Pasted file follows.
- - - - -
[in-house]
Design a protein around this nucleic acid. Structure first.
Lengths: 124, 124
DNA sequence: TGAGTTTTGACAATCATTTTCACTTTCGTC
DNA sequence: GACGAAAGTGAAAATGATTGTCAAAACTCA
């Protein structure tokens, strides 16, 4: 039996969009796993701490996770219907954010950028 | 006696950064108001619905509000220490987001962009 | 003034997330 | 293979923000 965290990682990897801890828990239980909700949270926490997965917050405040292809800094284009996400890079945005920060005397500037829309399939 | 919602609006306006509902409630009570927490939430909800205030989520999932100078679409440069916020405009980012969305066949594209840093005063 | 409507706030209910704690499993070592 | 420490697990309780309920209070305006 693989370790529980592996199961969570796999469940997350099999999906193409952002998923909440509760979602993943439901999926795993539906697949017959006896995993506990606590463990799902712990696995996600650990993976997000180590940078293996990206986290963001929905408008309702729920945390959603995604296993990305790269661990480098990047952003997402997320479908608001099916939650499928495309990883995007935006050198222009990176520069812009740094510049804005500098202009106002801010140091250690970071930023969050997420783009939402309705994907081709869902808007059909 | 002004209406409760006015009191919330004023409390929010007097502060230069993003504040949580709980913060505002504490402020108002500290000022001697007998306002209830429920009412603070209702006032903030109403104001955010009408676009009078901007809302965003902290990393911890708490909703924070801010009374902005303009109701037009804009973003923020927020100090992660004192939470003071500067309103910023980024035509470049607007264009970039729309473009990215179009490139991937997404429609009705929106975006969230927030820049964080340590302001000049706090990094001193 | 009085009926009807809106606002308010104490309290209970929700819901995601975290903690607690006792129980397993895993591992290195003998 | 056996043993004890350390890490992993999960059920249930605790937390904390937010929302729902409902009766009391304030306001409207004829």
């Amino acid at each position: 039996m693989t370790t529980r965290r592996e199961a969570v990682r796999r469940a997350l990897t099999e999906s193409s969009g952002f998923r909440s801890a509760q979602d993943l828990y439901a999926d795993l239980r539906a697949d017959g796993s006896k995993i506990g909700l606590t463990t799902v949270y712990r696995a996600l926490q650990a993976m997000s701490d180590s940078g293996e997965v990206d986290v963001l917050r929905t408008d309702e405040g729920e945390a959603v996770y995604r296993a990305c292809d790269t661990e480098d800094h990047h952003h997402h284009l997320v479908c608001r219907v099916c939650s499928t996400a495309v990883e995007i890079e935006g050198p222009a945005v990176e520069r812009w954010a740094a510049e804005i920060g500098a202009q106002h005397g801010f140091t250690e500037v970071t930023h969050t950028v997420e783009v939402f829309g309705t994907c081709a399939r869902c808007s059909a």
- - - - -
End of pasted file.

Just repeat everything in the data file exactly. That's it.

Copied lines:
[in-house]
Design a protein around this nucleic acid. Structure first.
Lengths: 124, 124
DNA sequence: TGAGTTTTGACAATCATTTTCACTTTCGTC
DNA sequence: GACGAAAGTGAAAATGATTGTCAAAACTCA
């Protein structure tokens, strides 16, 4: 039996969009796993701490996770219907954010950028 | 006696950064108001619905509000220490987001962009 | 003034997330 | 293979923000 965290990682990897801890828990239980909700949270926490997965917050405040292809800094284009996400890079945005920060005397500037829309399939 | 919602609006306006509902409630009570927490939430909800205030989520999932100078679409440069916020405009980012969305066949594209840093005063 | 409507706030209910704690499993070592 | 420490697990309780309920209070305006 693989370790529980592996199961969570796999469940997350099999999906193409952002998923909440509760979602993943439901999926795993539906697949017959006896995993506990606590463990799902712990696995996600650990993976997000180590940078293996990206986290963001929905408008309702729920945390959603995604296993990305790269661990480098990047952003997402997320479908608001099916939650499928495309990883995007935006050198222009990176520069812009740094510049804005500098202009106002801010140091250690970071930023969050997420783009939402309705994907081709869902808007059909 | 002004209406409760006015009191919330004023409390929010007097502060230069993003504040949580709980913060505002504490402020108002500290000022001697007998306002209830429920009412603070209702006032903030109403104001955010009408676009009078901007809302965003902290990393911890708490909703924070801010009374902005303009109701037009804009973003923020927020100090992660004192939470003071500067309103910023980024035509470049607007264009970039729309473009990215179009490139991937997404429609009705929106975006969230927030820049964080340590302001000049706090990094001193 | 009085009926009807809106606002308010104490309290209970929700819901995601975290903690607690006792129980397993895993591992290195003998 | 056996043993004890350390890490992993999960059920249930605790937390904390937010929302729902409902009766009391304030306001409207004829």
């Amino acid at each position: 039996m693989t370790t529980r965290r592996e199961a969570v990682r796999r469940a997350l990897t099999e999906s193409s969009g952002f998923r909440s801890a509760q979602d993943l828990y439901a999926d795993l239980r539906a697949d017959g796993s006896k995993i506990g909700l606590t463990t799902v949270y712990r696995a996600l926490q650990a993976m997000s701490d180590s940078g293996e997965v990206d986290v963001l917050r929905t408008d309702e405040g729920e945390a959603v996770y995604r296993a990305c292809d790269t661990e480098d800094h990047h952003h997402h284009l997320v479908c608001r219907v099916c939650s499928t996400a495309v990883e995007i890079e935006g050198p222009a945005v990176e520069r812009w954010a740094a510049e804005i920060g500098a202009q106002h005397g801010f140091t250690e500037v970071t930023h969050t950028v997420e783009v939402f829309g309705t994907c081709a399939r869902c808007s059909a």